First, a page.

Redeem the time by being filled with the Spirit, and in worship of psalms, hymns, and spiritual songs, making melody in your heart to the Lord.  A melody, that comes not from the outward expression but the inner devotion to Christ.  It is when this melody joins the worship melody of other believers producing a great choir of witnesses in harmony for the Lord.

God Bless you as you seek to redeem the time.

From Flood Waters to Baptism Waters-Feb. 26, 2012-Series Lent 1

Covenant Connection Series Lent 1-From Flood Waters to Baptism Waters-February 26, 2012:

In Genesis 9:8-17 is the covenant that God makes with humanity not to cover the whole earth again with a flood.  The background for this text is that by chapter 6 of Genesis things had gotten really bad and so God instructs Noah to build a giant boat known as an Ark.  In the ark were Noah and his family and two by two the animals of the earth one of each gender.  God chose Noah and made a promise to him that the earth would not be completely flooded again and the sign of that covenant is the rainbow.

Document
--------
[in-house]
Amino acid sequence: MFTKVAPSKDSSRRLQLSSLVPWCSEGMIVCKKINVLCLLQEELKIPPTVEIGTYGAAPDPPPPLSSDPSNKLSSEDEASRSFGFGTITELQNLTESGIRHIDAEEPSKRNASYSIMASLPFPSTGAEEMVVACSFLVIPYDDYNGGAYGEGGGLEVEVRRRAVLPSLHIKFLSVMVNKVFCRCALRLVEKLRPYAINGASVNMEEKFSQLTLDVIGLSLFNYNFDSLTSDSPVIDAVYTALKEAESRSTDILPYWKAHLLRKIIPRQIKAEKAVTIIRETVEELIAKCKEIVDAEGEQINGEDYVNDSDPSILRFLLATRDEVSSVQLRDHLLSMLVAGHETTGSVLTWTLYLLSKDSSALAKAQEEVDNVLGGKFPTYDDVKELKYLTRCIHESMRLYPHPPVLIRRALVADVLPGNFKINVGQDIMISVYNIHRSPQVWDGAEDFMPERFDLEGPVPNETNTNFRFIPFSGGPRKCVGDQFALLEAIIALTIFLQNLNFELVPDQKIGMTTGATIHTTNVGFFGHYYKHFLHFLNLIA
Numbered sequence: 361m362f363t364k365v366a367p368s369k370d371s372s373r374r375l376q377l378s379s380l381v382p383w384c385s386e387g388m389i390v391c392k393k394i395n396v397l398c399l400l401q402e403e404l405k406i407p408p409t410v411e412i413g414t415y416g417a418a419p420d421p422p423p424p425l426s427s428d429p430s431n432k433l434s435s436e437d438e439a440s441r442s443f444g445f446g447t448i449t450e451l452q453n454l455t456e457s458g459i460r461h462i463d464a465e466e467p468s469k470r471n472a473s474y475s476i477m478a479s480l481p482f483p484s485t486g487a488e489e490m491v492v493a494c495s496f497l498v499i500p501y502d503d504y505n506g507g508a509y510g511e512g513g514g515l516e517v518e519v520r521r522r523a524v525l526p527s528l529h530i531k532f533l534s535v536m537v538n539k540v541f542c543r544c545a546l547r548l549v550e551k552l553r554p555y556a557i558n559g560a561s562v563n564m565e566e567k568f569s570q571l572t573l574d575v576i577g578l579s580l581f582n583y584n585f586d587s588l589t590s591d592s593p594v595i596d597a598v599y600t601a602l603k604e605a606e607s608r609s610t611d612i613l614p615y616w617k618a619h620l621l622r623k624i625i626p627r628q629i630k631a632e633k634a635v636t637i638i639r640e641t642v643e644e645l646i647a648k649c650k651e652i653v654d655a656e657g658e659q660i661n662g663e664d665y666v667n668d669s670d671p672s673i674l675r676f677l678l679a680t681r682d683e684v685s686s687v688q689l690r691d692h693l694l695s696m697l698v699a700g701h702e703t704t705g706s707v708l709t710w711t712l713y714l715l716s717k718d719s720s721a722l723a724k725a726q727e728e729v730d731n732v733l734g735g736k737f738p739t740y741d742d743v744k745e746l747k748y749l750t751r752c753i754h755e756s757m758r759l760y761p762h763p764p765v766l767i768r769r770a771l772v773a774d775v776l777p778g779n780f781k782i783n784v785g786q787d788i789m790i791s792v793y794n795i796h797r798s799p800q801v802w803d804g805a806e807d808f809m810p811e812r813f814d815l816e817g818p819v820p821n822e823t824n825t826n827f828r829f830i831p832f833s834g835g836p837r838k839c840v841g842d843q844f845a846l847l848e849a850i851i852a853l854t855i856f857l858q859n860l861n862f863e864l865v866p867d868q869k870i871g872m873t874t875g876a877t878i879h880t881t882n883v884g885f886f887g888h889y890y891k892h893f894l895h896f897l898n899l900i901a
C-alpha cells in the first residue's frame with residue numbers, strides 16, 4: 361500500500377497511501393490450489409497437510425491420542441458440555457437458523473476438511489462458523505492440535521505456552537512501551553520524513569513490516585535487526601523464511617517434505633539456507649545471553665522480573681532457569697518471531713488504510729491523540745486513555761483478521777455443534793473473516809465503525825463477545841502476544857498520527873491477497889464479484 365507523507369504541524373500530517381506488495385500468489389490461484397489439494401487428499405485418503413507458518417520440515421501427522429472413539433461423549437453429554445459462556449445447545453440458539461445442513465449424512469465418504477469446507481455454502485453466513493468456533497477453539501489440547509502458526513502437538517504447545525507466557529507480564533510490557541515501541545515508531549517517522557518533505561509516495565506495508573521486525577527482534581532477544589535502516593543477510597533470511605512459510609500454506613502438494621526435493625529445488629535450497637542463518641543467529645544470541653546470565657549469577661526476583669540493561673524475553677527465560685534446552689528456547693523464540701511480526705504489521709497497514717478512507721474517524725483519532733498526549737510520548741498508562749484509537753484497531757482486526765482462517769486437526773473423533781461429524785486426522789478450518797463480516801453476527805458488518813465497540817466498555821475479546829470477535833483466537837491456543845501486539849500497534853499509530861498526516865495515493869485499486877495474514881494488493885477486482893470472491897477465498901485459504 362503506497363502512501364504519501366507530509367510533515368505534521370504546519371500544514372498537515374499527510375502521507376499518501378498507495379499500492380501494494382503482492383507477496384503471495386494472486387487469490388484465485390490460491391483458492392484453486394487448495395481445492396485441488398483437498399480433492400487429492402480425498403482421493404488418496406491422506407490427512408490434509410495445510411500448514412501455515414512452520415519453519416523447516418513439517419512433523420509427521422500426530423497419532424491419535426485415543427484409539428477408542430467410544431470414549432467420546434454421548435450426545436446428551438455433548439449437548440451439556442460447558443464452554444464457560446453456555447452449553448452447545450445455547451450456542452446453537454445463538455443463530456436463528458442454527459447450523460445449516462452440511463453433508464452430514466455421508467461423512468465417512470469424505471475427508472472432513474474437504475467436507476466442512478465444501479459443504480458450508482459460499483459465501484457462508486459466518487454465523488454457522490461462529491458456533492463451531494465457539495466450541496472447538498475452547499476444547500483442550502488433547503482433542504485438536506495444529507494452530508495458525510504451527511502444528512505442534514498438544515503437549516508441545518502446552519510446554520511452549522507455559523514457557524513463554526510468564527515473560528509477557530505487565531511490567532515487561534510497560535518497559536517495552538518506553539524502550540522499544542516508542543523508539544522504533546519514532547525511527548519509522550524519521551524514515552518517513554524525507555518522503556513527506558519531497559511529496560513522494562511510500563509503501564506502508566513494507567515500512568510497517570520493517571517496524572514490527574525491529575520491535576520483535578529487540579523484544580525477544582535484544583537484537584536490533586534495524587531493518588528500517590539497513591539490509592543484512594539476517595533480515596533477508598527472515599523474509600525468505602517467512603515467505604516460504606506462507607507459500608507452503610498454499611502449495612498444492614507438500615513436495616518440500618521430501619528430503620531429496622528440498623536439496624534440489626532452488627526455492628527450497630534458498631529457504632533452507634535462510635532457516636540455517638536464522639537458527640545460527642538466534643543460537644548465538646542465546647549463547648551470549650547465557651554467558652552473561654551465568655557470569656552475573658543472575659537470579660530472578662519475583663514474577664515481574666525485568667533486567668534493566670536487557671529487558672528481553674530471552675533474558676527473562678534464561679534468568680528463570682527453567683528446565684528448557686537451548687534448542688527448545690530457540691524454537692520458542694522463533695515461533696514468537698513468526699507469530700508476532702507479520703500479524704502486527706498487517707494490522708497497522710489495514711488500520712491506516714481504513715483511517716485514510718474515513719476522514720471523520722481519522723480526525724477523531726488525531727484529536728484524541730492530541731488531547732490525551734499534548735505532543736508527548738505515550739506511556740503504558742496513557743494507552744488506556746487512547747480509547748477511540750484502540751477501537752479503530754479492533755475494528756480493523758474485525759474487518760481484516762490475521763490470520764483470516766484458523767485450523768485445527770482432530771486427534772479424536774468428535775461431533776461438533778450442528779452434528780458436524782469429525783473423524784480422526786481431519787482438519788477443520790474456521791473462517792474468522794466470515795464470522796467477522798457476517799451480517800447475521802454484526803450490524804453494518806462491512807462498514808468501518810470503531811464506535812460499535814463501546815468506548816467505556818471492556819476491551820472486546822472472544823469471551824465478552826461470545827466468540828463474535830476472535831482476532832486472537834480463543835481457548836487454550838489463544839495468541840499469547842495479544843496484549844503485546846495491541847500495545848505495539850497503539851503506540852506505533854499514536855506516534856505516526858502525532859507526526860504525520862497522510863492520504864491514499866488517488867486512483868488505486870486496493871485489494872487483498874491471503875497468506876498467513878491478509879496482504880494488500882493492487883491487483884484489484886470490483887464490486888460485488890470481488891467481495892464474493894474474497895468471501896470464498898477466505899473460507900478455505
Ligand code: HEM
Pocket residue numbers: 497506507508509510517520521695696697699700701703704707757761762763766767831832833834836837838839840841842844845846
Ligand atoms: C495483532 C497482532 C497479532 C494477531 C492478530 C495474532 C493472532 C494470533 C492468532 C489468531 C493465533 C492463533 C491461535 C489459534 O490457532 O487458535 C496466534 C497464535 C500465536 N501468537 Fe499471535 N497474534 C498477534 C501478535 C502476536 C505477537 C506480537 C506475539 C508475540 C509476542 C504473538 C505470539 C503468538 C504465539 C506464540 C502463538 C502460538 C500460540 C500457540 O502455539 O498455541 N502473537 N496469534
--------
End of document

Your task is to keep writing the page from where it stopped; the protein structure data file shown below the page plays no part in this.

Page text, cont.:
Water like many of the things in creation were meant for good in their proper order.  Water has the potential to quench our thirst and keep us hydrated and at the same time has the potential for destruction and death like the flood.  It is at this point that water is neither good or bad itself but has the power to do both harm or good.

Mark 1:9-15 is the story of Jesus baptism.  His baptism was accompanied by the descending of the Spirit and the acknowledgement of Jesus as God’s Son.  In this potentially hazardous water, we find an example of new life emerging from the waters of death.  As we consider the symbolism of the ordinance of baptism, it is one of being buried and dying in Christ to rise up out of these waters of new birth to begin our new life in Him.  Many times in a baptismal service we will say buried with Christ in His death and raised to walk with Him in the newness of life.